As with any disease, you know for sure that is in the family tree, it can be pasted along to your children. Child are innocent people, they do not deserve to be born with one foot in the grave before coming into this world. I look back on my young life and, I see where I have suffered because, I my two diseases and know, life would have been better if not for my two diseases. I had the strength in will power to do what it takes to win. But, the diseases must run their course so, I was handycapped right from the start. How, was I expected to tell my sons that, they were going to grow, be athletic, get a good educations and go on to college. At the same time knowing, that I had diabetes, heart conditions,and celiac Disease in the family tree. These things would put a screatching halt to the have happy life thing.

Having diseases, cost allot of money to control, it robs us of our future. It keeps us from working normal jobs and buying homes and giving things to our children and wives. Life is hard enough for normal people but, for the disabled it is evern harder and more costly. Sure, we the disabled do what you can and must to survive another day but, that is not living, just existing only. We make adjustments in our lives but, it is not living, its co-existing only.

I have been personally sick so long, I am sick of being sick. There is nothing, I can do about it, however. Celiac Disease and Hyperinsulinism Hypoglycemia do not get better with time but worse with time. They are classified as a cumutive diseases, meaning gets worse with time.

I have worked for two hours a day when, I was young on volumteer basis one time. I worked in a veterans home setting. These disabled veterans were very unhappy customers, they lived in mysery and, they did not like it, being disabled. Some were in wheelchairs, bed ridden, etc... Some wanted to be able to go out into the world again. They would have litterly sold their souls to be normal again.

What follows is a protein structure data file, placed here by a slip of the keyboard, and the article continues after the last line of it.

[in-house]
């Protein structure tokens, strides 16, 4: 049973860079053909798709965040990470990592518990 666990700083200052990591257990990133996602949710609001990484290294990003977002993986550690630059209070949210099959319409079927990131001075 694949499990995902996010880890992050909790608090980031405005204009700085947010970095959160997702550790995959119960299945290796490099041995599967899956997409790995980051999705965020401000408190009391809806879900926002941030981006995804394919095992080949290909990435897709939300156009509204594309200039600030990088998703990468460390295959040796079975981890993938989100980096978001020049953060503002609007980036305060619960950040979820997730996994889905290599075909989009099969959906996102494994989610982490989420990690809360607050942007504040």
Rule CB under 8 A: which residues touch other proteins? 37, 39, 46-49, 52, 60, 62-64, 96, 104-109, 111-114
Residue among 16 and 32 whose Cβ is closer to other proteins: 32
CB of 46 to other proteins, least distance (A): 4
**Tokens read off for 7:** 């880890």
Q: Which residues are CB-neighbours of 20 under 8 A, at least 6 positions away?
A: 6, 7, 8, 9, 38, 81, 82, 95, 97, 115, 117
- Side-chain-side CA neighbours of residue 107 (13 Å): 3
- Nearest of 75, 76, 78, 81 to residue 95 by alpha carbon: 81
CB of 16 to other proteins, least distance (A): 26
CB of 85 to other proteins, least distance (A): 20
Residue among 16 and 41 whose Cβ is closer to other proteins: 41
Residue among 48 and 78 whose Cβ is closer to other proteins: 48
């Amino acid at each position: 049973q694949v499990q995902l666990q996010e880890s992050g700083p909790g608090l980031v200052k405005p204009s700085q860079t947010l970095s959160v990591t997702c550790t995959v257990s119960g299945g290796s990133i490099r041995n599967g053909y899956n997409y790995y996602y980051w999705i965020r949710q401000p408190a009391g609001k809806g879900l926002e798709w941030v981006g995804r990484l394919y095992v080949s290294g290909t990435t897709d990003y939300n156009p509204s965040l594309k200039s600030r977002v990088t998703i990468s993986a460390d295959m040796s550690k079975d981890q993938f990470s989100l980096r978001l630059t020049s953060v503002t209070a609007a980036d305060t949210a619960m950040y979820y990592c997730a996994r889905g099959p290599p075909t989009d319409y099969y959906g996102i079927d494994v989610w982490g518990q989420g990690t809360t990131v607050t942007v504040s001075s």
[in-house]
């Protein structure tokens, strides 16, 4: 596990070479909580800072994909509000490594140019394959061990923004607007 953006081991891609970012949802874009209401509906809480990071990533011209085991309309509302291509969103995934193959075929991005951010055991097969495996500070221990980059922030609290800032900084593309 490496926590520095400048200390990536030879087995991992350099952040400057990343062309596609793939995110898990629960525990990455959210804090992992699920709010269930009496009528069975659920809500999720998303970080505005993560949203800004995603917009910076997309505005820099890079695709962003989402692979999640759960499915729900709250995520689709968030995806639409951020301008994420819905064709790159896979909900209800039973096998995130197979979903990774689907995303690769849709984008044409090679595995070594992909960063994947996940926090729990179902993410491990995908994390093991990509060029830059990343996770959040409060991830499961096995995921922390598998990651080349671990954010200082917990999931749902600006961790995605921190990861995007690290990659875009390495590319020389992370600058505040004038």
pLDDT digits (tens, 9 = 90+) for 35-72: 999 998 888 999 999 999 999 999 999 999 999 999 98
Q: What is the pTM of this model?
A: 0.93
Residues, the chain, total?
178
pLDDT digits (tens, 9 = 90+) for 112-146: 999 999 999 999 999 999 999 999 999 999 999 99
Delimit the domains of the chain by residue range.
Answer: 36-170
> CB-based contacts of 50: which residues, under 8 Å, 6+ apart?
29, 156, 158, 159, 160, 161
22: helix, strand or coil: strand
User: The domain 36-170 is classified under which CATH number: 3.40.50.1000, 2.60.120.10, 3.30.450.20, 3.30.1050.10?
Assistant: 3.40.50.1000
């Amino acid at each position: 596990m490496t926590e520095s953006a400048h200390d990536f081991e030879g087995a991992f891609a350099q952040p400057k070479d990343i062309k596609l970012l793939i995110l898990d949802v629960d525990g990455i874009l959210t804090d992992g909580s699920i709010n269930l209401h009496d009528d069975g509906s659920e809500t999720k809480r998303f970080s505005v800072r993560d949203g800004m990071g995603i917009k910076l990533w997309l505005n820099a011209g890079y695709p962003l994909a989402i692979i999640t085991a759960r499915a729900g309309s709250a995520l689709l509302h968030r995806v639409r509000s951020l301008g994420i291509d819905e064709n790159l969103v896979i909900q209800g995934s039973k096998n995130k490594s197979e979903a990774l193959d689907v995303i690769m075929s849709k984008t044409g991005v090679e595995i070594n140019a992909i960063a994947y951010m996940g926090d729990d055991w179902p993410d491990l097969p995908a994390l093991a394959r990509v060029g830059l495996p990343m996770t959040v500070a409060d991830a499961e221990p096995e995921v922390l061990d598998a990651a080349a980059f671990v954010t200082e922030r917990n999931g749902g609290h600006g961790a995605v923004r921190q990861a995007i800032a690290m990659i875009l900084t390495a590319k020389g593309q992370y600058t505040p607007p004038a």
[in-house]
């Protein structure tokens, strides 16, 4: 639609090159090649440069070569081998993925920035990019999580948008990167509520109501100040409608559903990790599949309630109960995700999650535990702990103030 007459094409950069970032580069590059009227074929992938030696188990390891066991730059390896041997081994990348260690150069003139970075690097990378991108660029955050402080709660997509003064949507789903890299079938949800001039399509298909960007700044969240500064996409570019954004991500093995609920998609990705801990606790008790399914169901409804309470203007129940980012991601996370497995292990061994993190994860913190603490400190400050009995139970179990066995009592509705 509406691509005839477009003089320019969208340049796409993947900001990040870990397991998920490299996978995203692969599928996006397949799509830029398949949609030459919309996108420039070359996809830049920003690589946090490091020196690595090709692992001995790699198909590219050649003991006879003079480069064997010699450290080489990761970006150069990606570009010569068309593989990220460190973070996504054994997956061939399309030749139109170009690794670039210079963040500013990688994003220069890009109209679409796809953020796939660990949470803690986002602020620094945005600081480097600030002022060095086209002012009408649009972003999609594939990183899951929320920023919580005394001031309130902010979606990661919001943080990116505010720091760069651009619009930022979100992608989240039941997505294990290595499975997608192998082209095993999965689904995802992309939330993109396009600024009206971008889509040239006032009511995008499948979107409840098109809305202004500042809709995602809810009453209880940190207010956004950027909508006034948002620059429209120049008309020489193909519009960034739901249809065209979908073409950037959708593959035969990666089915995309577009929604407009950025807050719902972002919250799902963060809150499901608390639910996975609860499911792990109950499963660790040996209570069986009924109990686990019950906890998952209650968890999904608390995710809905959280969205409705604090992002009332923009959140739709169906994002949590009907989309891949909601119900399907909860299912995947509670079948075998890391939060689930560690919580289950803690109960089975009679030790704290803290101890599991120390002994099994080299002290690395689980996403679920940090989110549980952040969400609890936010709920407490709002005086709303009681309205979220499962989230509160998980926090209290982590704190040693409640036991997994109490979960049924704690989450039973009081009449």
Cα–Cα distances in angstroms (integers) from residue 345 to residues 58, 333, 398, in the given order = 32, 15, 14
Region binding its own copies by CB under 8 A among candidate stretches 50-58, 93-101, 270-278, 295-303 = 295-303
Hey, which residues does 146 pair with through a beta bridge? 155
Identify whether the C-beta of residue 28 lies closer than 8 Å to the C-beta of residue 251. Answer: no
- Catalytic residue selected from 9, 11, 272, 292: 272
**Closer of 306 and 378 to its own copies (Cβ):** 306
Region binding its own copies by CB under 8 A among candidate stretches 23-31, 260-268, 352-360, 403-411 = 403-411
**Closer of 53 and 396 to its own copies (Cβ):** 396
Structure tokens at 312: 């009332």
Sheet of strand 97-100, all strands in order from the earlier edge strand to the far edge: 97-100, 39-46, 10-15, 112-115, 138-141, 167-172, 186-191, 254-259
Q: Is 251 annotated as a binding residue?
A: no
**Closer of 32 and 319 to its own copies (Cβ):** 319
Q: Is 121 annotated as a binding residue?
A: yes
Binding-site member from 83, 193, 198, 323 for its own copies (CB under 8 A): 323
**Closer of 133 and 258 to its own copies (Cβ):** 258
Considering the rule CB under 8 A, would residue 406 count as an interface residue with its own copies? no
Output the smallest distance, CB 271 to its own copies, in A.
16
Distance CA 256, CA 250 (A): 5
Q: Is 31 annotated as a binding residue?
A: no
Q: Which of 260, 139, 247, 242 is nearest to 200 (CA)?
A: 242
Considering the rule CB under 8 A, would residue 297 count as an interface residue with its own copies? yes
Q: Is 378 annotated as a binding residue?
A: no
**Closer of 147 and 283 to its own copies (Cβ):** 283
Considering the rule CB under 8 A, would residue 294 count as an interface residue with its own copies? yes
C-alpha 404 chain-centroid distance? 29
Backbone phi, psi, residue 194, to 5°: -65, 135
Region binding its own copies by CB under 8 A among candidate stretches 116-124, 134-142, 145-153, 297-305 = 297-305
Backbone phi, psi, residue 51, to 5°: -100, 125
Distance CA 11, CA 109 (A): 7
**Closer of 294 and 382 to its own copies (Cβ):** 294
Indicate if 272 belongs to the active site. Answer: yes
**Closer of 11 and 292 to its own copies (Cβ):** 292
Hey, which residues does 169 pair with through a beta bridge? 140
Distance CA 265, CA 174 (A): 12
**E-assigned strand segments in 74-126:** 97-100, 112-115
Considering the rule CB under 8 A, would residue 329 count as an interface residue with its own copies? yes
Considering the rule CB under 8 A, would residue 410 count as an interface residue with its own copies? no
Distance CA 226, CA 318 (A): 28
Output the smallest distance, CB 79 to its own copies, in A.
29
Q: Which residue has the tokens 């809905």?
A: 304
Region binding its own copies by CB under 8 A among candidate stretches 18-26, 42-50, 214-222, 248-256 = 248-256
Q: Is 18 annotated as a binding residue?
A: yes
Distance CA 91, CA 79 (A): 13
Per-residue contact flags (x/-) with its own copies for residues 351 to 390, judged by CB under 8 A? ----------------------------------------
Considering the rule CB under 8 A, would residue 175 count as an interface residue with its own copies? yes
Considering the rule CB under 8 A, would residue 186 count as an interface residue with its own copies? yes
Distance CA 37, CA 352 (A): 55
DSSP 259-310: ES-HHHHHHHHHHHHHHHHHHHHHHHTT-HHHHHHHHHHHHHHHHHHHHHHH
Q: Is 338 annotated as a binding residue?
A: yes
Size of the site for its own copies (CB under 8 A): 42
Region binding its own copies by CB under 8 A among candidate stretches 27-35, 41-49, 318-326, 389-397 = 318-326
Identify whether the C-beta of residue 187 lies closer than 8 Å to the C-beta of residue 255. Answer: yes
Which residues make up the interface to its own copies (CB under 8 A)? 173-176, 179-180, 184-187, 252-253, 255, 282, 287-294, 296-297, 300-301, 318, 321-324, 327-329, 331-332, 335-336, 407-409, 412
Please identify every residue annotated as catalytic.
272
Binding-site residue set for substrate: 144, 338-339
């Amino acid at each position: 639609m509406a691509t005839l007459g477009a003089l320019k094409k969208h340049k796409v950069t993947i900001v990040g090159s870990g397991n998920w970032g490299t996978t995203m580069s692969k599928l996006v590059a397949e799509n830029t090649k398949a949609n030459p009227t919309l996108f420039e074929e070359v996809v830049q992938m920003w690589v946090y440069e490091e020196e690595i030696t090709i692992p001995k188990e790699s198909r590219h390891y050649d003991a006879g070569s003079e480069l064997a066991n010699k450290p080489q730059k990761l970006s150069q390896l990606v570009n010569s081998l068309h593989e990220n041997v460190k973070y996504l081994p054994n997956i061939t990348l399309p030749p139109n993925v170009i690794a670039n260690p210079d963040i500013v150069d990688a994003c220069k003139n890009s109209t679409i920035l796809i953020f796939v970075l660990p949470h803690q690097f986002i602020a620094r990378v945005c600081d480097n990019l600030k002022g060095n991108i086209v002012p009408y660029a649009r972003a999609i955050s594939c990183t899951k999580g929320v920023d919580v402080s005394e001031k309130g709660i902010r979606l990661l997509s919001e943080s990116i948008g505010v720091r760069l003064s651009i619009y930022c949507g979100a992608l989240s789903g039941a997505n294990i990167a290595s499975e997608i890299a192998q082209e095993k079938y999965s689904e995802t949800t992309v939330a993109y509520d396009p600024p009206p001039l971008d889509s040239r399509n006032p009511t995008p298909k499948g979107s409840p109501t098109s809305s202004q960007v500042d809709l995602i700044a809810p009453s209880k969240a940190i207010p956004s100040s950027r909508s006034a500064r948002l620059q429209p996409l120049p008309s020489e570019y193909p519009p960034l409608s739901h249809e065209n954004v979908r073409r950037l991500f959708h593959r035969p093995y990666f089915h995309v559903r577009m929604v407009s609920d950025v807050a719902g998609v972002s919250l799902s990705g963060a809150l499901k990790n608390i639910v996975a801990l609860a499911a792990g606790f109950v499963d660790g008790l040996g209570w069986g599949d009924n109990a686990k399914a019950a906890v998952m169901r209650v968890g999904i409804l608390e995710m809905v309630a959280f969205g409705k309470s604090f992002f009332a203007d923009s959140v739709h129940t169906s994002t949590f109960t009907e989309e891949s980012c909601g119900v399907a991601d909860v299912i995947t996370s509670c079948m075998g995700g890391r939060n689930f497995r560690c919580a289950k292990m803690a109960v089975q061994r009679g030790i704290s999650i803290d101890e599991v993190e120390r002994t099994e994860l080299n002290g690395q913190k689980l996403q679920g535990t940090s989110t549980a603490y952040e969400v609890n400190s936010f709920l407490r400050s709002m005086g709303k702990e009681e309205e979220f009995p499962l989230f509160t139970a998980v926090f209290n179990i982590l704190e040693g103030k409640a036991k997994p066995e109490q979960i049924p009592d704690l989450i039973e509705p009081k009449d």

0

Share this post


Link to post
Share on other sites

Why put a child through the same hell as we have to go through now?

My child is not going through hell because she has Celiac disease. She's happy and healthy because she follows the diet. She's active, outgoing, friendly, understanding, empathetic, compassionate . . . I could go on and on . . . There is no reason for her not to have children someday. She'll make a wonderful mother.

Life is what you make of it.

5

Share this post


Link to post
Share on other sites

As with any disease, you know for sure that is in the family tree, it can be pasted along to your children. Child are innocent people, they do not deserve to be born with one foot in the grave before coming into this world...

... How, was I expected to tell my sons that, they were going to grow, be athletic, get a good educations and go on to college. At the same time knowing, that I had diabetes, heart conditions,and celiac Disease in the family tree. These things would put a screatching halt to the have happy life thing.

Having diseases, cost allot of money to control, it robs us of our future. It keeps us from working normal jobs and buying homes and giving things to our children and wives. Life is hard enough for normal people but, for the disabled it is evern harder and more costly. Sure, we the disabled do what you can and must to survive another day but, that is not living, just existing only.

First of all. I. AM. NOT. DISABLED. Celiac disease is not a disability. A change in diet and I am healthier than I've ever been in my life. Because I have celiac my children will not have to suffer, they will be tested periodically and won't have to suffer the cumulative effects of years of undiagnosed celiac disease. I do not simply exist. I live! I kayak, surf, swim, hike, play with my kids, travel with my husband. I'm an amazing cook, I have friends and a garden and chickens in the backyard of the house I own. I have an education and have worked at "normal" jobs before I chose to stay home and be a homemaker. My life is everything I ever wanted it to be just without gluten on my dinner plate.